In addition, the court granted defendants' motion in limine to apply the Colorado Dead Man's Statute, § 13-90-102, C.R.S. (1987 Repl.Vol. 6A), so as to preclude plaintiff from testifying concerning her conversations with the decedent relating to her alleged contractual agreement with him for conveyance of personal property and her performance pursuant to that contract.I.
Plaintiff contends the trial court erred in granting defendants' motion for partial summary judgment. She argues that the affidavits she submitted constituted an offer of clear and unequivocal evidence of an oral contract for the conveyance of realty and of her part performance. We find no reversible error.
A contract for the sale of an interest in land is void unless it is placed in writing and subscribed by the party by whom the conveyance is to be made. Section 38-10-108, C.R.S. (1982 Repl.Vol. 16A). However, substantial part performance of the terms of an oral contract may render it enforceable if the acts of performance are specifically related to the conveyance of the realty. See L.U. Cattle Co. v. Wilson, 714 P.2d 1344 (Colo.App.1986).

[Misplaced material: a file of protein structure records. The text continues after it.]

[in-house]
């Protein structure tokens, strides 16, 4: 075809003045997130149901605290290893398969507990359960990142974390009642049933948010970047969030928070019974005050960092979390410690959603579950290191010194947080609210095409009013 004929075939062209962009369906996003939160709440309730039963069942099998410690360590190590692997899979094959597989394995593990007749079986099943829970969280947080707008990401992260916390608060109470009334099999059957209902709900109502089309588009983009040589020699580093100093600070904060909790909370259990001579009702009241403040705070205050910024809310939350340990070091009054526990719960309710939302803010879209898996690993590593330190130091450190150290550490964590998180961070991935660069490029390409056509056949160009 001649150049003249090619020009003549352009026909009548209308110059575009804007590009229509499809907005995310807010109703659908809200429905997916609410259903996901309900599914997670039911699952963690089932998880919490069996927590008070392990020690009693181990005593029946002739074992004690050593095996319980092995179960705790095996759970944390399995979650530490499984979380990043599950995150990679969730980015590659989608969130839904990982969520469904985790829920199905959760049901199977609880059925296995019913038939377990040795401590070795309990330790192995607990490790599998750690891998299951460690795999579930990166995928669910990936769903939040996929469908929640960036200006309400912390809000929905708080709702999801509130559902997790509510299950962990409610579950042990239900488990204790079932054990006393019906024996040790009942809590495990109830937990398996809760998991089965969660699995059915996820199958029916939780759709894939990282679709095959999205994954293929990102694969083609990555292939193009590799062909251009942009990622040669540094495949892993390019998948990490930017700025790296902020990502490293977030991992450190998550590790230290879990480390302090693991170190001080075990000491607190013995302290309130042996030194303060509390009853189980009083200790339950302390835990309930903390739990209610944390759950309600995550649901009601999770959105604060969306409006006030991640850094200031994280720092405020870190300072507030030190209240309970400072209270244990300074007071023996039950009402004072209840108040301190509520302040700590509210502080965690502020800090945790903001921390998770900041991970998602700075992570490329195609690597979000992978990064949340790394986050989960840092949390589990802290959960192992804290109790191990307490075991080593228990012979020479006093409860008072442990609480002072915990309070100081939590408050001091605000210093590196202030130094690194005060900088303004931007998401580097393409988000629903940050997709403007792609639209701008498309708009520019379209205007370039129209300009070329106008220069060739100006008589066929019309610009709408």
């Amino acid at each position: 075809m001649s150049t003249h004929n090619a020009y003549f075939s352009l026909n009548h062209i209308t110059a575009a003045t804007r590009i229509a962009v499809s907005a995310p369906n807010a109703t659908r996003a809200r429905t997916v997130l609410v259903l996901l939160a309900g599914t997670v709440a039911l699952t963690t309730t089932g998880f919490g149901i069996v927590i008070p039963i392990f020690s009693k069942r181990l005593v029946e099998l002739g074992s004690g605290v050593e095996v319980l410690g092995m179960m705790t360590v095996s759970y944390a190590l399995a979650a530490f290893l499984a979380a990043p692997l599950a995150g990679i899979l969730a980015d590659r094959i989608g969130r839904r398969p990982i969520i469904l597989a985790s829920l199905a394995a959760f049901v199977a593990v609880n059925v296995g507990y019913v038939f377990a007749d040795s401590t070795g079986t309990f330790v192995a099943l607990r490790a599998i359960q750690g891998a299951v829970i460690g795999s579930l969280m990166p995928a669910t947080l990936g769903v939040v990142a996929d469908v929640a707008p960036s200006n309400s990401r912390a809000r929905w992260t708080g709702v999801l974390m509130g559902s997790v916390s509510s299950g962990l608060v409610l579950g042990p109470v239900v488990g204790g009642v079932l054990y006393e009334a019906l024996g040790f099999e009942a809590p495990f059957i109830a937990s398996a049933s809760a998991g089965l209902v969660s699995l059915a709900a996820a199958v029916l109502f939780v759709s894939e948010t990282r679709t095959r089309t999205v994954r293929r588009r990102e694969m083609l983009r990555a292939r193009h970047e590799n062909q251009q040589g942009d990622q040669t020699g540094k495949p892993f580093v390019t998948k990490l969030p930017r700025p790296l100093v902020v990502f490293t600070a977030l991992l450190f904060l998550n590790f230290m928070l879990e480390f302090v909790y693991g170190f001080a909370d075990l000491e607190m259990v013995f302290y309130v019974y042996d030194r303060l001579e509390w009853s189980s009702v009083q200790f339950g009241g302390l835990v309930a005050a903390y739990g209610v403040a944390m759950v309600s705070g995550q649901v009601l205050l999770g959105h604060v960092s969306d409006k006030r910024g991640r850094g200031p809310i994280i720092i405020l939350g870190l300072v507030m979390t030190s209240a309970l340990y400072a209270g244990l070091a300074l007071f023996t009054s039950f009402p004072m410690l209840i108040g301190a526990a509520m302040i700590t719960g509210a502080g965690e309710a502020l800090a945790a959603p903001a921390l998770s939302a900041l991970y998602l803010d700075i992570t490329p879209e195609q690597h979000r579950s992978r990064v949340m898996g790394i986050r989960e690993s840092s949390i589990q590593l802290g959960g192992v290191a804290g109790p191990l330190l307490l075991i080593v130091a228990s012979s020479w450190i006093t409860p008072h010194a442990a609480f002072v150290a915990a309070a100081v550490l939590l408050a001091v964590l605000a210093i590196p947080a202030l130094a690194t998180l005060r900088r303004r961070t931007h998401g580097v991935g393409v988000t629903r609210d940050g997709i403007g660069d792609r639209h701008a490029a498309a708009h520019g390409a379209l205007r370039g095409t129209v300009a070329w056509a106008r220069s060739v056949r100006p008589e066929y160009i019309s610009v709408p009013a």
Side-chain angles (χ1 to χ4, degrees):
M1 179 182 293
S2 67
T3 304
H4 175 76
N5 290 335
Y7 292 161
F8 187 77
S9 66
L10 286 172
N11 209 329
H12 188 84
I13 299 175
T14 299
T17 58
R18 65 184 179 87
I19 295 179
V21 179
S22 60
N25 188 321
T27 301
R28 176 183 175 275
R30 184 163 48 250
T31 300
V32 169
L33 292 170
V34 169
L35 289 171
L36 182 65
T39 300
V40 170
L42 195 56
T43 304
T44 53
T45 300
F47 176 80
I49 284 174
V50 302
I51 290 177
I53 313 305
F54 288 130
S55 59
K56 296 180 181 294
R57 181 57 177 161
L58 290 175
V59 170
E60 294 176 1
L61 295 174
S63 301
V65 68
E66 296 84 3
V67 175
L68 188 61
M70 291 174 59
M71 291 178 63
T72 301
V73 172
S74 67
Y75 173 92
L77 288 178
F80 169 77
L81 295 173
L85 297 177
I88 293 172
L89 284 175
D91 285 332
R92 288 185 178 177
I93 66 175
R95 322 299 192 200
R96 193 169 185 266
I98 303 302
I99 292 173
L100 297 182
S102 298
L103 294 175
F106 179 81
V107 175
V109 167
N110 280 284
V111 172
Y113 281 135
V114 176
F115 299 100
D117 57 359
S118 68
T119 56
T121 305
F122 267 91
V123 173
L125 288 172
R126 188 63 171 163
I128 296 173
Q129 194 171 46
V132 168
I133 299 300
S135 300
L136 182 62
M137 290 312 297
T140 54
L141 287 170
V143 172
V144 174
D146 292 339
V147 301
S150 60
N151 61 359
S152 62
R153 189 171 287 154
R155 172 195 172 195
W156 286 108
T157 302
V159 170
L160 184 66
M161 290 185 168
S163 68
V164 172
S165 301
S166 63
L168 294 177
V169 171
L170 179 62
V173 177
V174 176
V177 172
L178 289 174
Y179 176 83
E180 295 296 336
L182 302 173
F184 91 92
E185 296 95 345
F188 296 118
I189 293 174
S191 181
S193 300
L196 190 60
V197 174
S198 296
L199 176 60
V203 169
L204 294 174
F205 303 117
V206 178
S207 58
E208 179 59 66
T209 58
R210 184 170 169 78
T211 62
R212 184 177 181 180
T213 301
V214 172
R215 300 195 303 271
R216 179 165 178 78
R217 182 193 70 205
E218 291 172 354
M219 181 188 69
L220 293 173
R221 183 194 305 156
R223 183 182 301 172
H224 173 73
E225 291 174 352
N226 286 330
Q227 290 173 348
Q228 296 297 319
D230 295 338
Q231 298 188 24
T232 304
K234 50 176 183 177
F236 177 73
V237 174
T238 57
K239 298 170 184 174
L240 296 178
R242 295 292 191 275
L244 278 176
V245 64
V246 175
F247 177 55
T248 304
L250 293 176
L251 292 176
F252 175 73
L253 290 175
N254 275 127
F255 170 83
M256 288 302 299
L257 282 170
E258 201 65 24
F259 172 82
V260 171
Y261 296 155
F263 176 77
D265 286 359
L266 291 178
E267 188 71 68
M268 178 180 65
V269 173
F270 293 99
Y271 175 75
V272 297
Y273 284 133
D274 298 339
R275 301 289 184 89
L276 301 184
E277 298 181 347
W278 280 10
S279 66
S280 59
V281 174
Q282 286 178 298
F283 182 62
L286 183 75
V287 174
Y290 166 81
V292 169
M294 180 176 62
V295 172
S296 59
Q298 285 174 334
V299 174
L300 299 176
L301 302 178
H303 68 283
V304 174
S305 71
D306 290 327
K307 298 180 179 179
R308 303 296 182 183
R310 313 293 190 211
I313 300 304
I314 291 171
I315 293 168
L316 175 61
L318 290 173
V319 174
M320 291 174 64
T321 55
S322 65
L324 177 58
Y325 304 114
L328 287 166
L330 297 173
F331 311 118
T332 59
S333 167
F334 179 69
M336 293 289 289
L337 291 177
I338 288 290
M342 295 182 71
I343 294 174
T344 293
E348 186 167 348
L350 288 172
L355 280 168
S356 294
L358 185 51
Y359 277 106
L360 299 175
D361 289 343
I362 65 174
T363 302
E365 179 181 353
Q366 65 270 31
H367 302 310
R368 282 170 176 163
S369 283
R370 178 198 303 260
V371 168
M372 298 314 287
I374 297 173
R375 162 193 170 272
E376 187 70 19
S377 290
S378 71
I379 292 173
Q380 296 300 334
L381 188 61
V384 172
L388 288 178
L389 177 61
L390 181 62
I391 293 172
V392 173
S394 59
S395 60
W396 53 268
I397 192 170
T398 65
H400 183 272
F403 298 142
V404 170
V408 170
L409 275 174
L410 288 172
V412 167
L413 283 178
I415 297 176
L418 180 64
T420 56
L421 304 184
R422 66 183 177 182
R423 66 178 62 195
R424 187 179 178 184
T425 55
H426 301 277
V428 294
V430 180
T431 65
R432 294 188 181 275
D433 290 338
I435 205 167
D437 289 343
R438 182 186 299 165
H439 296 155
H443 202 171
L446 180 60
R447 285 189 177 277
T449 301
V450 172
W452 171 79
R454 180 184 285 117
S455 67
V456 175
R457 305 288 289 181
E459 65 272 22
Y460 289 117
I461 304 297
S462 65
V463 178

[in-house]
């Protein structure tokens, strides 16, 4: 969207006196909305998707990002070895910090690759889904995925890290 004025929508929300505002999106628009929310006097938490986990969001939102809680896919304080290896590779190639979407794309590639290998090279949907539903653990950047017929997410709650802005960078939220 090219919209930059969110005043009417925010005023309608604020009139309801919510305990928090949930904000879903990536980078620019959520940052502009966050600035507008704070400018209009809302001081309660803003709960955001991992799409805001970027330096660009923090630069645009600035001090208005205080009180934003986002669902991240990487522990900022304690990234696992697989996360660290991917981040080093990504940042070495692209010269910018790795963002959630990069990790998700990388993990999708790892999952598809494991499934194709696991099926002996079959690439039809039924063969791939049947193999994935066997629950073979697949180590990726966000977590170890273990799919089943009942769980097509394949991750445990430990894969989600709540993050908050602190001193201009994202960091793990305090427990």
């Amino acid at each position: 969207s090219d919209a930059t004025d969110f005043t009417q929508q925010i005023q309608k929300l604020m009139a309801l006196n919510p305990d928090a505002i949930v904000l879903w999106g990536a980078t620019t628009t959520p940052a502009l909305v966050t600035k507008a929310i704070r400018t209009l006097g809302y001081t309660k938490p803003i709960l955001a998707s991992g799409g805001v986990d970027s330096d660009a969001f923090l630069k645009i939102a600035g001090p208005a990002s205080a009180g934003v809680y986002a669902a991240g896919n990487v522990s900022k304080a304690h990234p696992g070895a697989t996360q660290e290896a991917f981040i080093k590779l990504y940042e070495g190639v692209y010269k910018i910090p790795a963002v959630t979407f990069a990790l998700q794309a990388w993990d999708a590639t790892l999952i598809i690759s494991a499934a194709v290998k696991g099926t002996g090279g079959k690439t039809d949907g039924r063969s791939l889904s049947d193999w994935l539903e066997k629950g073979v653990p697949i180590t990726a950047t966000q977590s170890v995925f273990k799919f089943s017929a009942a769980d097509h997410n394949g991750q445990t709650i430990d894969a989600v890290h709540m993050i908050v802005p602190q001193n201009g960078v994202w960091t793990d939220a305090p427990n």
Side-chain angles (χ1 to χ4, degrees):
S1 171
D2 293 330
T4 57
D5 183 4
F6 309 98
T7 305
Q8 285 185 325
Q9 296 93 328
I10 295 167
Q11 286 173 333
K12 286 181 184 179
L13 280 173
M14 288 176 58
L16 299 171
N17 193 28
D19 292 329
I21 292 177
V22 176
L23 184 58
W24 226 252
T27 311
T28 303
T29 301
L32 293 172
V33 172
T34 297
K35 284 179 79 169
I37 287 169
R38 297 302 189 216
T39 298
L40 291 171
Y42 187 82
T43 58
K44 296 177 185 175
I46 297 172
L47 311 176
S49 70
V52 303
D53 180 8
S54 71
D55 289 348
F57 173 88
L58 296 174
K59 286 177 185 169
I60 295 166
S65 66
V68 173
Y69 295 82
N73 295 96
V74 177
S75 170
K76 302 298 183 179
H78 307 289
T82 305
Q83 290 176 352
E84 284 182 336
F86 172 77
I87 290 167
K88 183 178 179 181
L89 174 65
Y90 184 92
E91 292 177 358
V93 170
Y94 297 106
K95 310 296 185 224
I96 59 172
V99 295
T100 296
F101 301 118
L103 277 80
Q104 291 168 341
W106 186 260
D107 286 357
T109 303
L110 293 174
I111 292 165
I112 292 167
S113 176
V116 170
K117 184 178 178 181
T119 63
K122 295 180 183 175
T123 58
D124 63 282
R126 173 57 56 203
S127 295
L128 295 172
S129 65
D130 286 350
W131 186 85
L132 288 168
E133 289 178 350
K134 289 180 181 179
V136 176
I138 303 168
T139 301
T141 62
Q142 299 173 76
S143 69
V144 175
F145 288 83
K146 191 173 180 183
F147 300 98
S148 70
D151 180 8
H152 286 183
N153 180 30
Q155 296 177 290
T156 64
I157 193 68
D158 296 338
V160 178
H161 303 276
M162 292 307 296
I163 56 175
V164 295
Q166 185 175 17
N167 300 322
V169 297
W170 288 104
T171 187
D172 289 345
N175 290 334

The trial court rejected plaintiff's claim that part performance rendered the alleged contract enforceable, finding that the statements submitted as evidence of an oral contract were too vague to constitute a binding agreement to transfer or convey an interest in decedent's realty. In addition, the trial court found that plaintiff's acts claimed as part performance were not demonstrated to be for the sole purpose of performing her part of the alleged contract. Those findings are supported by the record and will not be disturbed here. Page v. Clark, 197 Colo. 306, 592 P.2d 792 (1979). See L.U. Cattle Co. v. Wilson, supra.II.
Plaintiff also contends that the trial court erred in rejecting her contract claim *275 to decedent's personal property because it improperly applied the Dead Man's Statute, § 13-90-102, C.R.S. (1987 Repl.Vol. 6A), to preclude her testimony. We agree.
Oral contracts otherwise unenforceable under § 38-10-101, et seq., C.R.S (1982 Repl.Vol. 16A) may substitute for a writing if there is part performance of the oral contract. Ralston Oil & Gas Co. v. July Corp., 719 P.2d 334 (Colo.App.1985). Seeking to apply that rule here, plaintiff claims that her part performance of an oral contract with decedent to share his possessions and property in exchange for her resigning her job and moving to accommodate his new place of employment removes this contract from the bar of the statute of frauds.